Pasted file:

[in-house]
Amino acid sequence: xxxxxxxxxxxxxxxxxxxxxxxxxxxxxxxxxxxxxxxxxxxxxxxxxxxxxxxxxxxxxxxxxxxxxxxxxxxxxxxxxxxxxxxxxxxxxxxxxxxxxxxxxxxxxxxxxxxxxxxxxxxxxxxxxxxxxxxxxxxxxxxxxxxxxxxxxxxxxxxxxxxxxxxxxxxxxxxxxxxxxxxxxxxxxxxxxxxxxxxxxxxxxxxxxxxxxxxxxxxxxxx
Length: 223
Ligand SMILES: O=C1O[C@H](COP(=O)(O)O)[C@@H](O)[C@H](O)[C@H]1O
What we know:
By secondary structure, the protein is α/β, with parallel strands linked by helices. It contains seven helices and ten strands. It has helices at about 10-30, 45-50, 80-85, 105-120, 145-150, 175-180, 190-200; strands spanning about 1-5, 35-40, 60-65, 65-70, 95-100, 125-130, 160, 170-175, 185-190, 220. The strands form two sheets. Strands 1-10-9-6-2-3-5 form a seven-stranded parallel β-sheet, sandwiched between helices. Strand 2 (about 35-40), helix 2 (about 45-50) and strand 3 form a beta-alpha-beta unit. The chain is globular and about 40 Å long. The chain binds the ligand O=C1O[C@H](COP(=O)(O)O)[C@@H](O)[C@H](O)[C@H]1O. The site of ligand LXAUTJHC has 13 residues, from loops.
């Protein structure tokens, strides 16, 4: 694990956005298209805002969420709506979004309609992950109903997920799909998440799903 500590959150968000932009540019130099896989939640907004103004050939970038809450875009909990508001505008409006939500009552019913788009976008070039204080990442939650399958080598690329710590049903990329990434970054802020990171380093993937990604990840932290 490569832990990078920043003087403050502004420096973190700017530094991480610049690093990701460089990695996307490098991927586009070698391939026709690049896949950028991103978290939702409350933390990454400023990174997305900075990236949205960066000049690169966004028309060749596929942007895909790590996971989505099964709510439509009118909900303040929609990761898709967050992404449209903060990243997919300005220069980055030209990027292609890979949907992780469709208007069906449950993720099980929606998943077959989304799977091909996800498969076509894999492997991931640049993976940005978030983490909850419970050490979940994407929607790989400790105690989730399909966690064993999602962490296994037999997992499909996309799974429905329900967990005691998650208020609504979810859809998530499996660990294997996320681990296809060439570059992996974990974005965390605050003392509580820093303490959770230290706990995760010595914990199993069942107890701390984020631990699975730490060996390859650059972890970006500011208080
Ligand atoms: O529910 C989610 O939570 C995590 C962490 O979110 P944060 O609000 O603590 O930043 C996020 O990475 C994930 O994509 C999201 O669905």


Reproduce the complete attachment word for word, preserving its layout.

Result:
[in-house]
Amino acid sequence: xxxxxxxxxxxxxxxxxxxxxxxxxxxxxxxxxxxxxxxxxxxxxxxxxxxxxxxxxxxxxxxxxxxxxxxxxxxxxxxxxxxxxxxxxxxxxxxxxxxxxxxxxxxxxxxxxxxxxxxxxxxxxxxxxxxxxxxxxxxxxxxxxxxxxxxxxxxxxxxxxxxxxxxxxxxxxxxxxxxxxxxxxxxxxxxxxxxxxxxxxxxxxxxxxxxxxxxxxxxxxxx
Length: 223
Ligand SMILES: O=C1O[C@H](COP(=O)(O)O)[C@@H](O)[C@H](O)[C@H]1O
What we know:
By secondary structure, the protein is α/β, with parallel strands linked by helices. It contains seven helices and ten strands. It has helices at about 10-30, 45-50, 80-85, 105-120, 145-150, 175-180, 190-200; strands spanning about 1-5, 35-40, 60-65, 65-70, 95-100, 125-130, 160, 170-175, 185-190, 220. The strands form two sheets. Strands 1-10-9-6-2-3-5 form a seven-stranded parallel β-sheet, sandwiched between helices. Strand 2 (about 35-40), helix 2 (about 45-50) and strand 3 form a beta-alpha-beta unit. The chain is globular and about 40 Å long. The chain binds the ligand O=C1O[C@H](COP(=O)(O)O)[C@@H](O)[C@H](O)[C@H]1O. The site of ligand LXAUTJHC has 13 residues, from loops.
């Protein structure tokens, strides 16, 4: 694990956005298209805002969420709506979004309609992950109903997920799909998440799903 500590959150968000932009540019130099896989939640907004103004050939970038809450875009909990508001505008409006939500009552019913788009976008070039204080990442939650399958080598690329710590049903990329990434970054802020990171380093993937990604990840932290 490569832990990078920043003087403050502004420096973190700017530094991480610049690093990701460089990695996307490098991927586009070698391939026709690049896949950028991103978290939702409350933390990454400023990174997305900075990236949205960066000049690169966004028309060749596929942007895909790590996971989505099964709510439509009118909900303040929609990761898709967050992404449209903060990243997919300005220069980055030209990027292609890979949907992780469709208007069906449950993720099980929606998943077959989304799977091909996800498969076509894999492997991931640049993976940005978030983490909850419970050490979940994407929607790989400790105690989730399909966690064993999602962490296994037999997992499909996309799974429905329900967990005691998650208020609504979810859809998530499996660990294997996320681990296809060439570059992996974990974005965390605050003392509580820093303490959770230290706990995760010595914990199993069942107890701390984020631990699975730490060996390859650059972890970006500011208080
Ligand atoms: O529910 C989610 O939570 C995590 C962490 O979110 P944060 O609000 O603590 O930043 C996020 O990475 C994930 O994509 C999201 O669905």